Leeks
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About
The leek, Allium ampeloprasum var. porrum (L.), also sometimes known as Allium porrum, is a vegetable which belongs, along with the onion and garlic, to the Alliaceae family. Two related vegetables, the elephant garlic and kurrat, are also variant subspecies of Allium ampeloprasum, although different in their uses as food. The edible part of the leek plant is a bundle of leaf sheaths which is sometimes called a stem or stalk.
Rather than forming a tight bulb like the onion, the leek produces a long cylinder of bundled leaf sheaths which are generally blanched by pushing soil around them (trenching). They are often sold as small seedlings in flats which are started off early in greenhouses, to be planted out as weather permits.
Nutritional Value
Raw leeks, bulb & lower leaves
Nutritional value per 100 g (3.5 oz)
Energy
255 kJ (61 kcal)
Carbohydrates
2.9 g
Sugars
3.9 g
Dietary fiber
1.8 g
Fat
0.3 g
Saturated
0.04 g
Monounsaturated
0.004 g
Polyunsaturated
0.166 g
Protein
1.5 g
Water
83 g
Vitamin A equiv.
83 μg (9%)
Thiamine (Vit. B1)
0.06 mg (5%)
Riboflavin (Vit. B2)
0.03 mg (2%)
Niacin (Vit. B3)
0.4 mg (3%)
Vitamin B6
0.233 mg (18%)
Folate (Vit. B9)
64 μg (16%)
Vitamin B12
0 μg (0%)
Vitamin C
12 mg (20%)
Vitamin E
0.92 mg (6%)
Vitamin K
47 μg (45%)
Calcium
59 mg (6%)
Iron
2.1 mg (17%)
Magnesium
28 mg (8%)
Phosphorus
35 mg (5%)
Potassium
180 mg (4%)
Sodium
20 mg (1%)
Zinc
0.12 mg (1%)
Percentages are relative to US recommendations for adults.
Source: USDA Nutrient database
Growing
Leeks are easy to grow from seed and tolerate standing in the field for an extended harvest. Leeks usually reach maturity in the autumn months, and they have few pest or disease problems. Leeks can be bunched and harvested early when they are about the size of a finger or pencil, or they can be thinned and allowed to grow to a much larger mature size. Hilling leeks can produce better specimens.
Uses
The edible portions of the leek are the white onion base and light green stalk. The dark green portion is usually discarded since it has less flavor. As the leek grows, this part becomes woody and very chewy. One of the most popular uses for the whites and light green stalks is for adding flavor to stock. Chefs rarely use the darker part of the leek for stock because of its bitterness. However, a few leaves are sometimes tied with twine and other herbs to form a bouquet garni.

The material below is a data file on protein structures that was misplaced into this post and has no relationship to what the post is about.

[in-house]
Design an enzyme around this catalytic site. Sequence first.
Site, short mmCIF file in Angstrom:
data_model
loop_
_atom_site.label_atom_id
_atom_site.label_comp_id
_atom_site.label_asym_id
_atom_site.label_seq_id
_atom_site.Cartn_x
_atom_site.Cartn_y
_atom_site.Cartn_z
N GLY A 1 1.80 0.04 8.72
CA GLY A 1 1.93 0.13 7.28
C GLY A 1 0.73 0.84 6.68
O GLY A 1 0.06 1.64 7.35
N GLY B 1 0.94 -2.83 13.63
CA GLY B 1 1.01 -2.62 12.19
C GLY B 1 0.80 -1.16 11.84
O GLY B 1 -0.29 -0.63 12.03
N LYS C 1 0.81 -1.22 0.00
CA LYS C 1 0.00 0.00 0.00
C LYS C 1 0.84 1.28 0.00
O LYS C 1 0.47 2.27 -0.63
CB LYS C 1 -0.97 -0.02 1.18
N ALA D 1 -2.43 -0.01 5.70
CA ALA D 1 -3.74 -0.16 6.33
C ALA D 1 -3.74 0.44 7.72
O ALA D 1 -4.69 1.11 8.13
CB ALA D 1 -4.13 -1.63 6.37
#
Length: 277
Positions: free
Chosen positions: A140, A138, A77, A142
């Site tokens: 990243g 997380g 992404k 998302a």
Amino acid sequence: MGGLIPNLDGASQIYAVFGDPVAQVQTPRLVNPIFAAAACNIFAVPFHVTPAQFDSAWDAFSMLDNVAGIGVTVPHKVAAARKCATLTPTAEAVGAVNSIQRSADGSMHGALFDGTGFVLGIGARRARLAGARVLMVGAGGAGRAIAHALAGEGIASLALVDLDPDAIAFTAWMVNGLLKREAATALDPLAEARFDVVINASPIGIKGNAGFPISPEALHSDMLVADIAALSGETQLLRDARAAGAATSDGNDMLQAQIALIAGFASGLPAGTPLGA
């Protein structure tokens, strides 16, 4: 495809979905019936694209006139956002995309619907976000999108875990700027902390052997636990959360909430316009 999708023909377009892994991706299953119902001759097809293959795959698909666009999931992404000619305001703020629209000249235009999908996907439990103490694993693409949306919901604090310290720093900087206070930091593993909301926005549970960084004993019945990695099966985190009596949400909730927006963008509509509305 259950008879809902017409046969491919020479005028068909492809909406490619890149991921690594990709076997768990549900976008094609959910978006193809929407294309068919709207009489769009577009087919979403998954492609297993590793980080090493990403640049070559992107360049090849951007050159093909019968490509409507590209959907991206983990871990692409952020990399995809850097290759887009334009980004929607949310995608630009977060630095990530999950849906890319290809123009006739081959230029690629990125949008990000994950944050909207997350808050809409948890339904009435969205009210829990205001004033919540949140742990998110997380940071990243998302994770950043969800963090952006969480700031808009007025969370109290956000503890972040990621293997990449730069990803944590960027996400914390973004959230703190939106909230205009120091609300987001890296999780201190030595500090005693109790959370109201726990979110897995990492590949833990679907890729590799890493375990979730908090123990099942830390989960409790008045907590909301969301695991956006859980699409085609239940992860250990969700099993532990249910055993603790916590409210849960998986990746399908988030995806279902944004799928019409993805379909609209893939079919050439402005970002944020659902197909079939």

Leek has a mild onion-like taste, less bitter than scallion. The taste might be described as a mixture of mild onion and cucumber, with a fresh smell similar to scallion. In its raw state, the vegetable is crunchy and firm.
Leek is typically chopped into slices 5–10 mm thick. The slices have a tendency to fall apart, due to the layered structure of the leek. There are different ways of preparing the vegetable:
Boiled, which turns it soft and mild in taste.
Fried, which leaves it more crunchy and preserves the taste.
Raw, which can be used in salads, doing well when they are the prime ingredient.

Recipes
Meata-bol Delight
Submitted by Kathryn Grant

Homemade Breadcrumbs (Optional)
Drizzle olive oil and sprinkle sea salt on one loaf of sourdough bread. Crush as much fresh garlic as you desire and spread onto loaf. Sprinkle whatever herbs you like, but I recommend fresh parsley, basil and oregano. Bake in the oven at 170 until crunchy, about 3 hrs. Once it has cooled, crumble the loaf into small bread crumbs (or make half into croutons) and store for later use.

Ingredients:
1 lb grass fed ground beef
1 egg
2 cups of squash
1 cup bread crumbs
Any fresh herbs you like
1 or 2 chopped onions

Mix all ingredients together and roll them into golf ball sized balls. Cook them until done (about 30 minutes) in a 350 degree oven.

For the spaghetti sauce, I usually use some kind of organic spaghetti sauce and chop up ½ cup leeks and ½ cup beets and cook them in the sauce on the stove in a large pot until tender.